Both are directly behind the cluster, one above and one below the dash harness
These are the primary grounds for the cluster assembly, (and the only ground for the temp gauge)

There is also #7 above the harness on the far right side of the dash above the harness
#8 behind the glovebox ~ish (a possible player, according to the wiring diagram)
#9 down on the center console bracketry

For the fuel sending unit, it's ground ( #13 ) can be found behind the tail light carpeted trim in the trunk
#13 is also the ground for the fuelpump, so it's worth noting if you upgraded your pump and/or power feed without also upgrading the ground side of things, that wiring/ground is operating outside of it's design parameters, and willcause some anomolies like a fuel guage that won't ever read "full"

... it's worth noting there are 5 ground points in the engine compartment as well as a few more located in various locations on the chassis/body that should all get a once over. Pictures of each ground number/location *should* be in the factory service manual wiring diagrams found in the library


Finally, for Bruceeda;
A quick test for troubleshooting the senders can be done using an old school test light
Next time things act up, unplug the sender and insert the test light into the circuit,
(probe tip of the light into the harness connector, and the coiled wire of the light to a good ground)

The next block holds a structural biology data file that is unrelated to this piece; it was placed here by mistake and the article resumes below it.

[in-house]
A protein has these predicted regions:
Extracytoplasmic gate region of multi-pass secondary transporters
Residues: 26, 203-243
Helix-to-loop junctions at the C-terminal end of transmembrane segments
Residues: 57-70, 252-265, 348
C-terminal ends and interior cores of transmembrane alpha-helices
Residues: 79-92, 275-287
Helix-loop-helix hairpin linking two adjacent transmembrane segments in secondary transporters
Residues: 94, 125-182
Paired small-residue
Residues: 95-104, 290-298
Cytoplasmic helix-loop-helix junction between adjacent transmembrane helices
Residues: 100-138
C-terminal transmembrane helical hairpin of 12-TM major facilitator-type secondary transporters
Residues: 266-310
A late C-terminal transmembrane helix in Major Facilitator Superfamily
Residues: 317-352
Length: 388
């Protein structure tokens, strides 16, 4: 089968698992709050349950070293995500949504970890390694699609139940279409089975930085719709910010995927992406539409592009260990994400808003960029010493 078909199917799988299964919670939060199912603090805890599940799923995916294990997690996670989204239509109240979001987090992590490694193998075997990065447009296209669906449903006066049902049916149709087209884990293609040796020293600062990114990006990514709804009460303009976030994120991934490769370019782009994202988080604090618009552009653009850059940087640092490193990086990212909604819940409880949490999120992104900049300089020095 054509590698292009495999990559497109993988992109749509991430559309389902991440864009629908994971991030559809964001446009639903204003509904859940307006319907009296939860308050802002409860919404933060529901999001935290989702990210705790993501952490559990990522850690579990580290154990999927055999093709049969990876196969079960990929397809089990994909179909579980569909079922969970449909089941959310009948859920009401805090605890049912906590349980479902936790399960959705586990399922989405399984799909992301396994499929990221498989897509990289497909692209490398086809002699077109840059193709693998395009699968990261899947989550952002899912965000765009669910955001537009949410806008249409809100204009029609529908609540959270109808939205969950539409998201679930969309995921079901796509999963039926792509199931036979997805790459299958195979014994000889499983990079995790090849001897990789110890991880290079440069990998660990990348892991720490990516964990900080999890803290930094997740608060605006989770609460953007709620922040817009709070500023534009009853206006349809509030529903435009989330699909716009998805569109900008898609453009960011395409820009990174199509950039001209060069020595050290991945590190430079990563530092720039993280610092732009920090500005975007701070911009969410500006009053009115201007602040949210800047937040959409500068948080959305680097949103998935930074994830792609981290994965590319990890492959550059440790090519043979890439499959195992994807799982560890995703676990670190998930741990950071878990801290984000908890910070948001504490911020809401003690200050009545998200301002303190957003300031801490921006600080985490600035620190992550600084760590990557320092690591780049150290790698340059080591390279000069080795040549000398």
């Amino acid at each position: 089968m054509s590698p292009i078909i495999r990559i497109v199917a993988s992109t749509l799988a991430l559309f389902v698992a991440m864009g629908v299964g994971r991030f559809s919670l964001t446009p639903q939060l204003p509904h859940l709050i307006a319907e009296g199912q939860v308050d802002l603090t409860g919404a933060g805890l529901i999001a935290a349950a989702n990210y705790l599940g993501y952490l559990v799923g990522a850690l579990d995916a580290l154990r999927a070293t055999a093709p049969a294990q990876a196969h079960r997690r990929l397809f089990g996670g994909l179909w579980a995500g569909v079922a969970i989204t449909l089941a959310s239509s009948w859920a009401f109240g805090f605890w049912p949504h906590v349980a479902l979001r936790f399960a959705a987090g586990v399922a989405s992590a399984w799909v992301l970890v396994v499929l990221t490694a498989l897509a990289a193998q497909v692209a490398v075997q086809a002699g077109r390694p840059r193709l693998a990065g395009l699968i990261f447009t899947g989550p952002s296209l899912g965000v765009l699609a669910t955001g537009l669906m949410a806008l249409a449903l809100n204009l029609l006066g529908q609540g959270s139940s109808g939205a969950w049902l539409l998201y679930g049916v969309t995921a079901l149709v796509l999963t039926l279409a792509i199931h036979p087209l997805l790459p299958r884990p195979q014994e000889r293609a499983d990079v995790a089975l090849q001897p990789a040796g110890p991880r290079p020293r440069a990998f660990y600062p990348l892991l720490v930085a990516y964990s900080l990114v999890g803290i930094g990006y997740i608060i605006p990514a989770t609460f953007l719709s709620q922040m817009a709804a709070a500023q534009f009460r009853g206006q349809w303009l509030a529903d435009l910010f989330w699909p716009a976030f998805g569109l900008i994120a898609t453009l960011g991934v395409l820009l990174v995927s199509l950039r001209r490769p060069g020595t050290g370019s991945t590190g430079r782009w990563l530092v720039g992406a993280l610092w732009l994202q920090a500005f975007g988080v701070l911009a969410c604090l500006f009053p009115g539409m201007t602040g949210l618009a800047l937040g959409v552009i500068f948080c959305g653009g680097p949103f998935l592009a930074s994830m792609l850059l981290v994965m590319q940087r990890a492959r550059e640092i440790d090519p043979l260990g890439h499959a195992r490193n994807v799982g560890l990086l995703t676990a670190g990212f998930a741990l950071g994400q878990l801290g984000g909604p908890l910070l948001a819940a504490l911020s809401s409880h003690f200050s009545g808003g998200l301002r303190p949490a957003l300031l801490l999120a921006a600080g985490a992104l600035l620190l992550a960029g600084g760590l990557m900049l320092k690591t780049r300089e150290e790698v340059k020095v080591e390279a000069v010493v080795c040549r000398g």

With the key on, the test light should light and the gauge should read less then pegged (because you added the resistance of the testlights bulb to the circuit)

If the test light does not illuminate, and the gauge is still pegged, the circuit is grounded somewhere before the sender
... as mentioned before, I see a lot of issues with fuel gauges not reading correctly on these cars. Many times, it's because the float arm was bent during a fuel pump swap. Other times, it's corrosion on the wiper element of the sender. Finally, an undersized/overtaxed ground from the tank sender to the ground behind the trim panel in the trunk can cause some pretty crazy shite. The tank is kinda grounded by it's attatchment hardware and surface contact with the chassis, but once corrosion begins to occur, that ground path becomes very unreliable.

FWIW, when i upgrade the pump wiring, I always add my own 10awg ground wire under one of the sender nuts and run it over to the factory ground point behind the trunk trim ... end of problems ...


Finally, here's the specs on the sending units;

The engine temperature sender only lists one resistance spec; 104 ohms @158*f (70 celsius for those who are unfortunate enough to have to use that silly system of measurement ;) )

The fuel level sender lists an empty and a full resistance;
empty; 3ohms (with a tolerance of +/- 2 ohms)
full; 110ohms (with a tolerance of +/- 7 ohms)


... hope that helps
 

Bruceda

Member
Joined
Jun 19, 2020
Messages
5